Therapeutic Models of Medicine

Washington, D.C. - Initiative 59

Congress tries to suspend medical marijuana election in District of Columbia

MORE FEDERAL INSANITY
Selected Text from the FY 1999 Omnibus Appropriations Bill
"It is the sense of Congress that the several States, and the citizens of such States, should reject the legalization of drugs through legislation, ballot proposition, constitutional amendment, or any other means..."
(this is a federal appropriations bill for the whole country and is distinct from the DC appropriations bill and the Barr Amendment).

Cannabis-related Ballot Initiatives and Referenda
to be voted on in the November 3, 1998 General Election
Compiled by Colorado Citizens for Compassionate Cannabis
October 10, 1998

Several initiatives will appear on the ballot this year in various states.  Voters in Alaska, Colorado, Nevada, Oregon, Washington, D.C. and Washington State will be decide on the issue of medicinal cannabis.  Additionally, voters in Oregon will decide on a referendum to block the recriminalization of marijuana.  Voters in Arizona will decide on a referendum to block the gutting of the Proposition 200, the Drug Medicalization, Prevention, and Control Act, passed by 65% of Arizona voters in 1996.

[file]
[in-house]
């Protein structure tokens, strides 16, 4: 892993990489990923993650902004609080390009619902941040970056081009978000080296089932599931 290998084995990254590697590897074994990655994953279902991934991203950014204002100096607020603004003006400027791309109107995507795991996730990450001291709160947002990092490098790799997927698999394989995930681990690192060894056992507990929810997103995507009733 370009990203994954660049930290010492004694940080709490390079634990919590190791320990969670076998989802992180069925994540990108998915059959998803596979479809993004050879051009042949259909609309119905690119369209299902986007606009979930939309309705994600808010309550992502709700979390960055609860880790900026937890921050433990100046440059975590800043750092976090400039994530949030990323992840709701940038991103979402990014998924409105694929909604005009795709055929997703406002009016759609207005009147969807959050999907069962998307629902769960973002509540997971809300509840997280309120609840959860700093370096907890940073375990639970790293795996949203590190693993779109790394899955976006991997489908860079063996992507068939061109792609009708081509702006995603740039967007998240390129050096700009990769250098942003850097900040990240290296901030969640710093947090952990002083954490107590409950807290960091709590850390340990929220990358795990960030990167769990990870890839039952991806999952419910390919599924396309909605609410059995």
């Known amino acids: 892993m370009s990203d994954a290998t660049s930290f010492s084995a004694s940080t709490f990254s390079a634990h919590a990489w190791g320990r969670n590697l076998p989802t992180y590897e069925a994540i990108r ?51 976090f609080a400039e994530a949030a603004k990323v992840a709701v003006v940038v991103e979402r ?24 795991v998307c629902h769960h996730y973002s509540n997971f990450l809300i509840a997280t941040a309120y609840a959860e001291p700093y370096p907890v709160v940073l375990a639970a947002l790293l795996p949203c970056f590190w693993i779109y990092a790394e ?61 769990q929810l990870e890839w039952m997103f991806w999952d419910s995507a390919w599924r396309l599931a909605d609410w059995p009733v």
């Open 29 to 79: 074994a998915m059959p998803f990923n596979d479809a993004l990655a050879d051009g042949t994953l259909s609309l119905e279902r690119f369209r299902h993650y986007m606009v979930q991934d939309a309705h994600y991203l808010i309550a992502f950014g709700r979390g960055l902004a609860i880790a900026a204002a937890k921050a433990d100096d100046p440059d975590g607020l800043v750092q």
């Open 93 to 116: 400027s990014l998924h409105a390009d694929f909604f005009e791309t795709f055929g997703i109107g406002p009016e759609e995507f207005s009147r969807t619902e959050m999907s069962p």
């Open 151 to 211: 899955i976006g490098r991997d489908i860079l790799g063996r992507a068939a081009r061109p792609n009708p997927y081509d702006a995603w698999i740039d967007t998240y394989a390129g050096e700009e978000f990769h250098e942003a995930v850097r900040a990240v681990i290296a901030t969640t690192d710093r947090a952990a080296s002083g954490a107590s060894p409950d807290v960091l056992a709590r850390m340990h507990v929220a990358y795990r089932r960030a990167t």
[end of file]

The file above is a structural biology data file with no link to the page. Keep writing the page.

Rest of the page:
Medicinal Cannabis Initiatives (to be voted on 11/3/98)
Washington DC: Initiative 59
These initiatives need to be divided into two different models for allowing use of cannabis by patients.

1) Therapeutic Model (Washington D.C. and Washington State)
These initiatives were modeled on the ideas embodied in the California Compassionate Use Act (CCUA - Prop. 215) passed by California voters in 1996.  These initiatives were written by the local grassroots patients and patient advocates and put the needs of the patient first.

2) Law Enforcement Model (Alaska, Colorado, Oregon and Nevada)
These initiatives were written by Americans for Medical Rights to appease law enforcement concerns about the CCUA.  Since this model diverges so greatly from the California model, many patients have serious concerns about these initiatives.

We asked four questions about each initiative:
1) Does the initiative allow patients to possess and cultivate an adequate supply of medicine?
The City Council of Oakland, California, adopted a standard of six pounds of cannabis and 144 plants as necessary to maintain an adequate supply for patients.  This was based on the amount of cannabis currently supplied by the federal government to eight patients in the Investigative New Drug program.

2) Does the initiative allow for legal distribution to patients?
Legal distribution is important to protect patients from having to obtain their medicine from the black market.

3) Does the initiative protect patients who are not registered with the state?
Many of the initiatives that follow the law enforcement model require a patient to register with the state to receive protection of the law.  Many civil libertarians and AIDS patients are concerned that the confidentiality of the registry is not guaranteed and that law enforcement would use the registry to target medicinal cannabis users for harrassment.